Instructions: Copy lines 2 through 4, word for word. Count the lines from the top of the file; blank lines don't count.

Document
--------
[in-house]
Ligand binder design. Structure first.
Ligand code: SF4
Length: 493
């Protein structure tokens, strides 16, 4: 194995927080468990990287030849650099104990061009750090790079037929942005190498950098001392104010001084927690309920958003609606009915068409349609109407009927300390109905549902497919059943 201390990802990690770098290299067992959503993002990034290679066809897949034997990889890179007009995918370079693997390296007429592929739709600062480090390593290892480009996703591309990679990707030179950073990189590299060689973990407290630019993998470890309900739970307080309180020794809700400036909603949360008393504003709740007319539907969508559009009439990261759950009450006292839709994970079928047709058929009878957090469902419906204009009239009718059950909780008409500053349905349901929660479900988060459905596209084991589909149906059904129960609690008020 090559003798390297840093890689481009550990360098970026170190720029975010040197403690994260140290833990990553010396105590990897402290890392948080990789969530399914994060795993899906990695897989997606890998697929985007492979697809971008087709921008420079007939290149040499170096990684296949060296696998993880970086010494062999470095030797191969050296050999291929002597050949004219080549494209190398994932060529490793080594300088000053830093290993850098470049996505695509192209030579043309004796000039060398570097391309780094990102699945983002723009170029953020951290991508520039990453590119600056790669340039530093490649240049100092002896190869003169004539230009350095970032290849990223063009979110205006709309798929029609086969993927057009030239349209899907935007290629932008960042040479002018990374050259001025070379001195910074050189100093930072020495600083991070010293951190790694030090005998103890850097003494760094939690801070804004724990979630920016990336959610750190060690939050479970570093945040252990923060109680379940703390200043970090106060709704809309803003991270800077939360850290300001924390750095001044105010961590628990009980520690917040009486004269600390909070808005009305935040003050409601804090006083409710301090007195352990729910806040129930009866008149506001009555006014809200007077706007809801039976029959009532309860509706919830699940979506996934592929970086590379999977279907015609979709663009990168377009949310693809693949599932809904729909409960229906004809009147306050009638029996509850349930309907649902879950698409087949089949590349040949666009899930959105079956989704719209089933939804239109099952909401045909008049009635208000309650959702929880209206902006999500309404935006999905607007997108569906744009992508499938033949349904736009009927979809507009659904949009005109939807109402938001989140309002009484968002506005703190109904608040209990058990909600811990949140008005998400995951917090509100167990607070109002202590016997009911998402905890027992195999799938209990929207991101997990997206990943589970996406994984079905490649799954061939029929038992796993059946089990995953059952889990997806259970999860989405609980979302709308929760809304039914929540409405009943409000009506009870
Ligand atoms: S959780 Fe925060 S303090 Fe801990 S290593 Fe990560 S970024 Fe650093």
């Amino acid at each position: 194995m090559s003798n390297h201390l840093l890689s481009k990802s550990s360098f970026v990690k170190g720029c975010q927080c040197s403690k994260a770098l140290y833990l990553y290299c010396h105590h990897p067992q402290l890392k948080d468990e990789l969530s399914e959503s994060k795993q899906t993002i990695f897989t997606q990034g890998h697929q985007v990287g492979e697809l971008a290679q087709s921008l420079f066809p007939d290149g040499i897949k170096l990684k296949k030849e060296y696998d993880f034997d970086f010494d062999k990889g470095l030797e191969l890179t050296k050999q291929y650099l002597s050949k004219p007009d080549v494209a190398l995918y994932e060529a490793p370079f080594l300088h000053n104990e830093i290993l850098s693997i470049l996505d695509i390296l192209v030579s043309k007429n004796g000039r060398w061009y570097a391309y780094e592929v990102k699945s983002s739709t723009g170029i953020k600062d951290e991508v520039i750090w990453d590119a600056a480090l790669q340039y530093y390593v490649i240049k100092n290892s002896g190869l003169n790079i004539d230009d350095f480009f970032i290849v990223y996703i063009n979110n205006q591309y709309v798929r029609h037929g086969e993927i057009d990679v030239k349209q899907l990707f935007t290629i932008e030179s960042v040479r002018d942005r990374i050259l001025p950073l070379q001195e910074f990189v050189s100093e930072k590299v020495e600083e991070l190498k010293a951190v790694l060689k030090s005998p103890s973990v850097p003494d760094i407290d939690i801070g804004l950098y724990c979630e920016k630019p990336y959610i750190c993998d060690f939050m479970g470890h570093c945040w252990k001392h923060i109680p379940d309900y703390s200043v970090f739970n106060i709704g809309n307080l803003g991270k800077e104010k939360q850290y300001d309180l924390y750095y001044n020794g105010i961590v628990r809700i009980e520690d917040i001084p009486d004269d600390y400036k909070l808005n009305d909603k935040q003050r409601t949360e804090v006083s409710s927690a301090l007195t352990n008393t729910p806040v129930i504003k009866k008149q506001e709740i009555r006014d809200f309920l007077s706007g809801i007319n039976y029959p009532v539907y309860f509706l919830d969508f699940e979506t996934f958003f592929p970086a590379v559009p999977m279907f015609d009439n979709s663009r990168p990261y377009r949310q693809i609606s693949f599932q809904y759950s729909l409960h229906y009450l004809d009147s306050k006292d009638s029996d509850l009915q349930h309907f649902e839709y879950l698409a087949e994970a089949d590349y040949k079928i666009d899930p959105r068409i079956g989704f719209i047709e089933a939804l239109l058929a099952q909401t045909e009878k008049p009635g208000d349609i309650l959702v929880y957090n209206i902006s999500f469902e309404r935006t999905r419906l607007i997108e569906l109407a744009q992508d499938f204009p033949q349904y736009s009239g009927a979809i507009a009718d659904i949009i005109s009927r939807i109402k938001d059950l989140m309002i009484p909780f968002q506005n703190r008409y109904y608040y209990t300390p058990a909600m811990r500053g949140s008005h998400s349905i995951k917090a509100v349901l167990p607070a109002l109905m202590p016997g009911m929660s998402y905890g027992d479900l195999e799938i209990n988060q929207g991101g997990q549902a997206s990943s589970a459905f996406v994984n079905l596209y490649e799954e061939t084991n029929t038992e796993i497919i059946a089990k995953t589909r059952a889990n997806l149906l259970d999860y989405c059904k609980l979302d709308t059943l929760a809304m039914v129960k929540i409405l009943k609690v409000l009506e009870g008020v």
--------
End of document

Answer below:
Ligand binder design. Structure first.
Ligand code: SF4
Length: 493